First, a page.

Notes on the Osaka Train Station photos
by Takashi Tachi
Notes on the Osaka Train Station photos
This crosswalk is on the eastside of Osaka Station.
This is perhaps the busiest time of day for passengers of the Osaka Train Station.
The place in the balloon (in the google map) is the crosswalk where I always take photographs.
There is a pedestrian bridge above this crosswalk, so I can take photos as I look onto the crosswalk (the picture taken from this pedestrian bridge is 01, 02 and 11.)
This pedestrian bridge connects to the second floor of Hankyu Department Store (the photo taken from this are 14, 17, 18, and so on.)
Other images are taken from ground level (the photo taken from the position of this are 08, 09, 13, and so on.)
My name is Takashi Tachi, and I am 65 years old.
I have lived in Hannan, a city in Osaka Prefecture, since I was 12-years-old. Following high school, I lived for six years in Shizuoka City - where I attended college in Shizuoka prefecture, famous for Mt. Fuji and traditional green tea.
My passion for photography began with documenting life with my growing family after college. I bought a camera when my first child was born, and started taking photographs to record this wonderful stage of life. In time, my interest in photography expanded and I started taking photographs on my way to work.
Photography enriches my daily life, and allows me to become acquainted with many people. As a result, I’ve had many meaningful experiences as a photographer - too numerous to mention, which have all made me very happy when I work with a camera.
Street photography is my hobby. I have no formal training, just trial-and-error. My sensei - or teacher, has really been photography magazines. For street photography, my go-to camera is the easy-to-use Ricoh GR II - which is truly stealth. Yet I also use the Fuji XE 2, which has superb optics and produces very clear image quality.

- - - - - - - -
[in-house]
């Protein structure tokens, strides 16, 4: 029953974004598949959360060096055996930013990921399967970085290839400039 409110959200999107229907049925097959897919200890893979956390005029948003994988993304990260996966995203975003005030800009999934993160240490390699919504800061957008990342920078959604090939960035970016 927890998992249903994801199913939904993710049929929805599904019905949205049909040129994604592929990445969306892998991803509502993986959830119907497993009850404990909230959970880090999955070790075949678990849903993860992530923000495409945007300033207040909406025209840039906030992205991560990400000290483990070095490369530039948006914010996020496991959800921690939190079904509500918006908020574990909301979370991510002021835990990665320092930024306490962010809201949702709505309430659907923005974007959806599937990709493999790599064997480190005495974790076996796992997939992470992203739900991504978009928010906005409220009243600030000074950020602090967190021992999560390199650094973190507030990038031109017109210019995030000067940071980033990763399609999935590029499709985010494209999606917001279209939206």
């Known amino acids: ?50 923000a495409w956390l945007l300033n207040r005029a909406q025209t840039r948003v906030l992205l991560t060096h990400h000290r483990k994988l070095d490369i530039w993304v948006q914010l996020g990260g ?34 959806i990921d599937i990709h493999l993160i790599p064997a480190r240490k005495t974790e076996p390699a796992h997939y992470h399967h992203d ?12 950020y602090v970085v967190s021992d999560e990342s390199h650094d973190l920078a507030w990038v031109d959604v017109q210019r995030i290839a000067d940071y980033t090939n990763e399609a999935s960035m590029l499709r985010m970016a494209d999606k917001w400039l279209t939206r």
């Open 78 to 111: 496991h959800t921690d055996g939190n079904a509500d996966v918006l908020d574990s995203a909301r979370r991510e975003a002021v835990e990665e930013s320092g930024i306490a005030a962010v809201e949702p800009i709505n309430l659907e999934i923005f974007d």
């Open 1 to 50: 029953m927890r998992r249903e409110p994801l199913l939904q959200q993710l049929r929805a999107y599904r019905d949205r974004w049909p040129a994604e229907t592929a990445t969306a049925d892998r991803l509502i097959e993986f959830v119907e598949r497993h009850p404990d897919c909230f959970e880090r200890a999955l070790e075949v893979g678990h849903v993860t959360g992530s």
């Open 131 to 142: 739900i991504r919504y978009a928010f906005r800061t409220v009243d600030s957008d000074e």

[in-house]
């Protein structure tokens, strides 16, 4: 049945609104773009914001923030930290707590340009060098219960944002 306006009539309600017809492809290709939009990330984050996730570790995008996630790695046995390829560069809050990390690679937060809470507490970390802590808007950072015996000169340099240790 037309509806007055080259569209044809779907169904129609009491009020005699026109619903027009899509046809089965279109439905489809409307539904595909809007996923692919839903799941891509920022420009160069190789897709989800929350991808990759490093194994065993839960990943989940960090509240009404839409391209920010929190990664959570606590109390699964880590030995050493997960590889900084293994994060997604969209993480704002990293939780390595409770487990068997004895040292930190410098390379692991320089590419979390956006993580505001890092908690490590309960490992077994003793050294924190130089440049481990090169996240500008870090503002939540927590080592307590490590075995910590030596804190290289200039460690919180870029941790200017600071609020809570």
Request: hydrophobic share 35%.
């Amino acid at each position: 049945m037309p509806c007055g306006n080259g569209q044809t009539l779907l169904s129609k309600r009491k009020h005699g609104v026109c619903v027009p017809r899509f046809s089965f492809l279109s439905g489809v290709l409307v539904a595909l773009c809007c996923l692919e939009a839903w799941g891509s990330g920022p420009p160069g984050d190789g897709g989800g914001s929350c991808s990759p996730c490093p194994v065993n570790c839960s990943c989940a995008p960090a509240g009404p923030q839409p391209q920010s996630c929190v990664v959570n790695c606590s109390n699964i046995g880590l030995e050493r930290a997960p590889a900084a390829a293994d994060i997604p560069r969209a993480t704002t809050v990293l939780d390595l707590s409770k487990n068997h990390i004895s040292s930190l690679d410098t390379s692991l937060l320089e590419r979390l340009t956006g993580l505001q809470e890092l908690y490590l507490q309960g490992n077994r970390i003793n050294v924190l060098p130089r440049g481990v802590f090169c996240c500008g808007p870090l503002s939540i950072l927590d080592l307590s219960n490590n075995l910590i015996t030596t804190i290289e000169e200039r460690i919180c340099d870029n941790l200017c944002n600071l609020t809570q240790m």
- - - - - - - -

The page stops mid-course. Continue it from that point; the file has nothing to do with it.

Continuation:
The population of Hannan City is large and so there are people of all ages in motion: walking and talking, people going to work, people enjoying leisure time. Like all cities, there are crosswalks, buildings, alleys, arcades, stations, restaurants, trains, cars ... countless backdrops related to people. And the light of the sun, rain, snow, and darkness further attracts people, and all this activity becomes a source of fascinating potential for photographs. And these combinations vary widely. So the changing street is very attractive.
Most of my photographs occur between Hanan City - where I live, and my office in nearby Habikino City. Points of interest for me are the platforms and the staircases of the various train lines that operate between the two cities.
When photographing, I care very much about composition, and how to frame my subject - plus the direction of the light, and matters related to background. As much as possible, I try to pre-visualize the photograph before even touching the shutter release.
The greatest compliment for me is when viewers connect to my photographs on the strength of composition and the beauty of light - even if the theme is every day life.
Perhaps my favorite technique is a slow shutter speed. With this technique, I am not so concerned whether the medium is color or B&W - simply a well-executed photograph that connects with viewers. For post-production, I use 'SILKYPIX Developer Studio pro 8 (Ichikawa Soft Laboratory). Some times I will spend a half-day, perhaps longer to achieve results that are true to my vision.
As a photographer, both Kineo Kuwabara and Nobuyoshi Araki have influenced me. Kuwabara’s work has been especially important, and I was captivated by an image of his from the photo collection: Tokyo. Recently I have become interested in the work of photographer Kisei Kobayashi.
The following books and novels have also influenced my work:
-桑原甲子雄 Kineo Kuwabara
東京1934～1993 (Tokyo 1934～1993)
荒木経惟 Nobuyoshi Araki
東京物語 (Tokyo Monogatari)
東京慕情 (Tokyo Bojyo)
冬へ Tokyo:a City Heading for Death
新倉孝雄 Takao Niikura
ハービー・山口 Herbie Yamaguchi
LONDON Chasing the Dream
小林紀晴 Kisei Kobayashi
ASIAN JAPANESE 1,2,3
Days new York
Robert Frank -The American
And Robert Frank’s photo of two young African-American men attending a funeral during the era of the Civil Rights Movement has influenced me the most.